She’d been house and dog-sitting for friends who’d gone on vacation. She’d taken the dog for a short ten-minute walk, leaving the house unlocked. When she returned she saw a man leaving the house. He told her he was there to clean the pool.
“After the man left, I was still suspicious so I went inside, grabbed my Blackberry and clicked on the icon for the camera. I walked down the street, and as I turned the corner, I saw about 15 scruffy young men standing around two pickup trucks. We were at the end of a woody, dead-end road.”
Hours later, while at a party, Miller got a phone call.
“t was my credit card company asking if my card was in my possession because there were odd charges on it. I looked at my wallet and saw that all my cash was gone and the cards. It suddenly dawned on me that the “pool guy” had been inside the house.”
Not quite so dramatic, is it. But still a wee bit more dramatic than narrative described by the DC police who took Miller’s statement:
[Miller] stated that she left out to walk the dog at 1515hrs and when she returned at 1525hrs she observed [the suspect] exiting from behind the fence which leads to the side of the house. [Miller] asked [suspect] ‘What are you doing here’ and [suspect] stated ‘I am delivering firewood.’
[Miller] stated that she went into the house and felt that something was not right, so she exited the house to take a photo of [suspect’s] vehicle. [Suspect] approached [Miller] and gave her a business card that stated [a tree service] and [suspect] left the scene. [Miller] stated that [suspect] was operating a silver pick up truck with landscaping on the side of it.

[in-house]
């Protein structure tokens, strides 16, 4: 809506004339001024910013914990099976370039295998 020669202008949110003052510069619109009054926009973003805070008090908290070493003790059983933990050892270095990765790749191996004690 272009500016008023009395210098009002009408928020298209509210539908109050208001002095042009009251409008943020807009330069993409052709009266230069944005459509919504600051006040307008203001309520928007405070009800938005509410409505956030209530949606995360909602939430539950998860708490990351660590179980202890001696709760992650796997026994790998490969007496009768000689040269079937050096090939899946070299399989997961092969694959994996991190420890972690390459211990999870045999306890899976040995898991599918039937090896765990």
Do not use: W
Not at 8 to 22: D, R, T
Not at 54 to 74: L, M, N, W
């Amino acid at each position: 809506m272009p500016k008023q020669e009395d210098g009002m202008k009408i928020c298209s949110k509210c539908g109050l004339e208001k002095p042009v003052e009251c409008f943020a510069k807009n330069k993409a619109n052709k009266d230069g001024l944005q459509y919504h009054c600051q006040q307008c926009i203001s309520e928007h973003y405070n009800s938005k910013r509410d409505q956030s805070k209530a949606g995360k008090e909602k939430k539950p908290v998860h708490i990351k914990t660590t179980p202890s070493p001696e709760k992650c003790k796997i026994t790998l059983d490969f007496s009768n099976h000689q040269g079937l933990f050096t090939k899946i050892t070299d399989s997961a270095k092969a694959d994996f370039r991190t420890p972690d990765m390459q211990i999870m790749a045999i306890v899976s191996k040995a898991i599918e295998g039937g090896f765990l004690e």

[Miller] stated that she was contacted by her credit card company at 1945hrs about some fraudulent charges on her credit card. [Miller] stated that she checked her purse and noticed that her Visa credit card and $50.00 in US Currency was missing.
No face-to-face confrontation with a drug addict thug. No near escape from getting hurt. No talking him out of the house. No foot chase to get his photo. No theft of her wallet. No fifteen guys in two pickups in the driveway. Basically, somebody walked into the house she’d left unlocked and took a credit card and some cash from the purse she’d left on the kitchen counter.
Not to minimize what happened, of course. It’s not the ‘home invasion’ she claims, but it’s still a crime. Having been burgled a couple of times my ownself, I can attest that it’s an uncomfortable feeling to know somebody has been noodling about in your house. But hey, good solid police work enabled the DC police to identify the culprit. The fraudulent credit card charges at Wal-Mart and a tattoo parlor allowed them to 1) view security camera footage and 2) identify the suspect by the tattoo he paid for with Miller’s credit card (“a tattoo of a Skull with a blunt in it’s mouth and the word Stoned under it”).
Unfortunately, it appears Miller failed to follow through on her report to the police. They attempted to contact her three times about the case, leaving voice messages for her to call them. She didn’t. But she did get her gun and a concealed carry permit. So there’s that.
The thief? Presumably he’s still out there breaking into houses, frightening more people into wanting a concealed carry permit, drumming up business for the NRA.
As for Ms. Miller’s opinion piece, I’m inclined to think if you can’t be bothered to help the police prosecute the person who prompted your interest in obtaining a firearm, your opinion on where you should be allowed to carry your gun doesn’t carry much weight. I’d much prefer the Johnny Cash approach: don’t take your guns to town.